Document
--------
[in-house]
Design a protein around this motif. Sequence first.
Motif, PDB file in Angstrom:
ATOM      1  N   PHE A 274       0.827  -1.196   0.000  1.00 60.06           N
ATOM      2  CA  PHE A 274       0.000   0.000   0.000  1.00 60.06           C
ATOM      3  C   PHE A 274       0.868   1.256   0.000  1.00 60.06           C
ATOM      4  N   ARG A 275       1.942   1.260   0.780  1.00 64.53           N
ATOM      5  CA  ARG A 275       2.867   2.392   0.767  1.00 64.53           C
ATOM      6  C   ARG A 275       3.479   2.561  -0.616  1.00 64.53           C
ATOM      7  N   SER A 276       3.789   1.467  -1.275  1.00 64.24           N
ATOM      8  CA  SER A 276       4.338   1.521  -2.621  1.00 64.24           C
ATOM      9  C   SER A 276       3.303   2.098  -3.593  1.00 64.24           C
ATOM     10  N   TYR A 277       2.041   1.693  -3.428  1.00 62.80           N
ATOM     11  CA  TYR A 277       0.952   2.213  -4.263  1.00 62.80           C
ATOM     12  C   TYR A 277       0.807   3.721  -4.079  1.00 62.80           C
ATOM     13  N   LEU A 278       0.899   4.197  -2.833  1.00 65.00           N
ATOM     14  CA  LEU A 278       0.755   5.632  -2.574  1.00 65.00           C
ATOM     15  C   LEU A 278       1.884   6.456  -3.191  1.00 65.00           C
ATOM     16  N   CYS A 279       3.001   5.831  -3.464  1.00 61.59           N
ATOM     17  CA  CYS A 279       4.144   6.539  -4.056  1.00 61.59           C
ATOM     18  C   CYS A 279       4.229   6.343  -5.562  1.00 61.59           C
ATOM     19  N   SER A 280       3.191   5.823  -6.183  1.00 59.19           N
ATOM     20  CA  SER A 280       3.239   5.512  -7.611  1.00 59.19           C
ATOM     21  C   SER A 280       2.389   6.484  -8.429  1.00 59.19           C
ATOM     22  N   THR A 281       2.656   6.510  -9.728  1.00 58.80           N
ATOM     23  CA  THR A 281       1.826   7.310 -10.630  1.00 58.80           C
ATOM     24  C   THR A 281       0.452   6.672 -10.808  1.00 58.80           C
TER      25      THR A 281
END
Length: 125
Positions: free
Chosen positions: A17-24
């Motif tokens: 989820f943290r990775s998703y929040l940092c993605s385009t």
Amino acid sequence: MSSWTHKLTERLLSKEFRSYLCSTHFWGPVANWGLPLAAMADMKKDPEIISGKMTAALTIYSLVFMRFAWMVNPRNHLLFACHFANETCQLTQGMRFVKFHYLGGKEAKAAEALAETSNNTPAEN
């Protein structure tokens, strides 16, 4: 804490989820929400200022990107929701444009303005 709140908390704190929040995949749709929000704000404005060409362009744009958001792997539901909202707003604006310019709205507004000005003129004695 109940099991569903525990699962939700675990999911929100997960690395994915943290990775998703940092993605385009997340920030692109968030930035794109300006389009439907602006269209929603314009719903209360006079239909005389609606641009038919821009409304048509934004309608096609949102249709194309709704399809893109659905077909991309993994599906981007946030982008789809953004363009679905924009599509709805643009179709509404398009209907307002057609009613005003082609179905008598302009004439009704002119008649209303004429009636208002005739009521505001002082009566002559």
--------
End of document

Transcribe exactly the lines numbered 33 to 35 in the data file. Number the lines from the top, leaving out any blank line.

């Motif tokens: 989820f943290r990775s998703y929040l940092c993605s385009t």
Amino acid sequence: MSSWTHKLTERLLSKEFRSYLCSTHFWGPVANWGLPLAAMADMKKDPEIISGKMTAALTIYSLVFMRFAWMVNPRNHLLFACHFANETCQLTQGMRFVKFHYLGGKEAKAAEALAETSNNTPAEN
């Protein structure tokens, strides 16, 4: 804490989820929400200022990107929701444009303005 709140908390704190929040995949749709929000704000404005060409362009744009958001792997539901909202707003604006310019709205507004000005003129004695 109940099991569903525990699962939700675990999911929100997960690395994915943290990775998703940092993605385009997340920030692109968030930035794109300006389009439907602006269209929603314009719903209360006079239909005389609606641009038919821009409304048509934004309608096609949102249709194309709704399809893109659905077909991309993994599906981007946030982008789809953004363009679905924009599509709805643009179709509404398009209907307002057609009613005003082609179905008598302009004439009704002119008649209303004429009636208002005739009521505001002082009566002559």